/am"euh zon', -zeuhn/, n.
1. a river in N South America, flowing E from the Peruvian Andes through N Brazil to the Atlantic Ocean: the largest river in the world in volume of water carried. 3900 mi. (6280 km) long.
2. Class. Myth. one of a race of female warriors said to dwell near the Black Sea.
3. one of a fabled tribe of female warriors in South America.
4. (often l.c.) a tall, powerful, aggressive woman.
5. See Amazon ant.
6. any of several green parrots of the genus Amazona, of tropical America, often kept as pets.
[ < L Amazon < Gk Amazón, of obscure orig.]

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In Greek mythology, a member of a race of women warriors.

One of the labours of Heracles was to obtain the girdle of the Amazon queen Hippolyte. In another tale, Theseus attacked the Amazons, and they responded by invading Attica, where they were defeated; Theseus married the Amazon Antiope. In ancient Greek art, Amazons resembled Athena (with weapons and helmet) and later Artemis (in a thin dress girded high for speed).

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 in Greek mythology, member of a race of women warriors. The story of the Amazons probably originated as a variant of a tale recurrent in many cultures, that of a distant land organized oppositely from one's own. The ascribed habitat of the Amazons necessarily became more remote as Greek geographic knowledge developed. When the Black Sea was colonized by Greeks, it was first said to be the Amazon district; but when no Amazons were found there, it was necessary to explain what became of them. Traditionally, one of the labours required of the Greek hero Heracles was leading an expedition to obtain the girdle of the Amazons' queen (Hippolyte), during which he was said to have conquered and expelled them from their district. Penthesilea led an army of Amazons to fight for Troy against the Greeks, but she was killed by Achilles.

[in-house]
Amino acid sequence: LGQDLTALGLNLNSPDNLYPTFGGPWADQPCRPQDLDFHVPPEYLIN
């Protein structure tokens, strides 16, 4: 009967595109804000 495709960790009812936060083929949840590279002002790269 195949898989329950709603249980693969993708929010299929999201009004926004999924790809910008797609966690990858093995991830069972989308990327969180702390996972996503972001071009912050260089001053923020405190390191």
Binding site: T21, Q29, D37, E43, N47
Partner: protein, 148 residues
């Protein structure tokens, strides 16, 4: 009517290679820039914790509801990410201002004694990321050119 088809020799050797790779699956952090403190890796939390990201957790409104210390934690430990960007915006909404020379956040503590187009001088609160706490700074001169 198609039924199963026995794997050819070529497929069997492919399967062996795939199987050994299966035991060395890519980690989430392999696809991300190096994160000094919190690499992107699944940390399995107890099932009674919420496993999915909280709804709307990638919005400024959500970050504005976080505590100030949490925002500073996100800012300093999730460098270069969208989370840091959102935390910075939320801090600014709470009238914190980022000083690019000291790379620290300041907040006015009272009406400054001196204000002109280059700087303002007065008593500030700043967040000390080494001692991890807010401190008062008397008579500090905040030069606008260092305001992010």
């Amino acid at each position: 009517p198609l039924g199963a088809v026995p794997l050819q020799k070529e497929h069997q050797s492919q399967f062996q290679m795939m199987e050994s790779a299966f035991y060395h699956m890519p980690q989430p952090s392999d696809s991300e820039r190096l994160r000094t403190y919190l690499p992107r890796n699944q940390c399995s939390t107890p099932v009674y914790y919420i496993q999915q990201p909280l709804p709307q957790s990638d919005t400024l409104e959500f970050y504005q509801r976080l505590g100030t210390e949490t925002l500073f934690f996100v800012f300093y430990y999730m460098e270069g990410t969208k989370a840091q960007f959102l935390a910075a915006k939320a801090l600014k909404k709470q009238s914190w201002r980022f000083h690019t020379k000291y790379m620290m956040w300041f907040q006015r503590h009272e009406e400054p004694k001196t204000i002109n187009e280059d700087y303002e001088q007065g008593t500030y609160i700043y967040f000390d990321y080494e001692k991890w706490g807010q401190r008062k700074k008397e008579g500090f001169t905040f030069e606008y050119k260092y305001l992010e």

Subsidiary tales grew up to explain why, if the whole nation consisted of women, it did not die out in a generation. The most common explanation was that the Amazons mated with men of another people, kept the resulting female children, and sent the male children away to their fathers. In another tale, Theseus attacked the Amazons either with Heracles or independently. The Amazons in turn invaded Attica but were finally defeated, and at some point Theseus married one of them, Antiope. In Hellenistic times the Amazons were associated with Dionysus (the god of wine), either as his allies or, more commonly, as his opponents.

 Ancient Greek works of art often depicted combats between Amazons and Greeks, and the confrontation between Theseus and the Amazons was a particular favourite. As portrayed in these works, the Amazons were similar in model to the goddess Athena, and their arms were the bow, spear, light double ax, a half shield, and, in early art, a helmet. In later art they were more like the goddess Artemis and wore a thin dress, girded high for speed; on the later painted vases their dress is often peculiarly Persian.

      According to some accounts, the Amazon River was named by the 16th-century Spanish explorer Francisco de Orellana for the fighting women he claimed to have encountered on what was previously known as the Marañon River.

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Universalium. 2010.